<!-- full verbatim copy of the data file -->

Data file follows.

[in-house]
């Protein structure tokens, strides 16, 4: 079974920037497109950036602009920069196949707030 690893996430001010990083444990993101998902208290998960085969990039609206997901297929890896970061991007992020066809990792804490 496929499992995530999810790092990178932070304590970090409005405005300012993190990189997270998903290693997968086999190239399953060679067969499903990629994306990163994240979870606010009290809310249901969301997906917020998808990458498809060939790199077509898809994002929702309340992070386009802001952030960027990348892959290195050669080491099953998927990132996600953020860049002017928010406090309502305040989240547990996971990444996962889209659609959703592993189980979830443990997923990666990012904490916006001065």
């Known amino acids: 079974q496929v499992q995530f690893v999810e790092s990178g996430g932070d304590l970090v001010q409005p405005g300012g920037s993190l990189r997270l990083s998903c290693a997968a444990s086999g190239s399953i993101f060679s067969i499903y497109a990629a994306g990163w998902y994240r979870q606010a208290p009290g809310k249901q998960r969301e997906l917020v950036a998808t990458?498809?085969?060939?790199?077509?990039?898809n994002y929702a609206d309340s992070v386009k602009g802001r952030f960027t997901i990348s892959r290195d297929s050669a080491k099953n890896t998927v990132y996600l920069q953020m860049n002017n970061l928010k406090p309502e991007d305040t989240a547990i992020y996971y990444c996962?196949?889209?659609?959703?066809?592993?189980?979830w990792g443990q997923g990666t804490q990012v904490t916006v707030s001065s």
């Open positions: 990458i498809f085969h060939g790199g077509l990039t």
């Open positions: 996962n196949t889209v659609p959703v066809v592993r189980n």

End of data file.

[in-house]
């Protein structure tokens, strides 16, 4: 079974920037497109950036602009920069196949707030 690893996430001010990083444990993101998902208290998960085969990039609206997901297929890896970061991007992020066809990792804490 496929499992995530999810790092990178932070304590970090409005405005300012993190990189997270998903290693997968086999190239399953060679067969499903990629994306990163994240979870606010009290809310249901969301997906917020998808990458498809060939790199077509898809994002929702309340992070386009802001952030960027990348892959290195050669080491099953998927990132996600953020860049002017928010406090309502305040989240547990996971990444996962889209659609959703592993189980979830443990997923990666990012904490916006001065």
């Known amino acids: 079974q496929v499992q995530f690893v999810e790092s990178g996430g932070d304590l970090v001010q409005p405005g300012g920037s993190l990189r997270l990083s998903c290693a997968a444990s086999g190239s399953i993101f060679s067969i499903y497109a990629a994306g990163w998902y994240r979870q606010a208290p009290g809310k249901q998960r969301e997906l917020v950036a998808t990458?498809?085969?060939?790199?077509?990039?898809n994002y929702a609206d309340s992070v386009k602009g802001r952030f960027t997901i990348s892959r290195d297929s050669a080491k099953n890896t998927v990132y996600l920069q953020m860049n002017n970061l928010k406090p309502e991007d305040t989240a547990i992020y996971y990444c996962?196949?889209?659609?959703?066809?592993?189980?979830w990792g443990q997923g990666t804490q990012v904490t916006v707030s001065s």
């Open positions: 990458i498809f085969h060939g790199g077509l990039t």
């Open positions: 996962n196949t889209v659609p959703v066809v592993r189980n």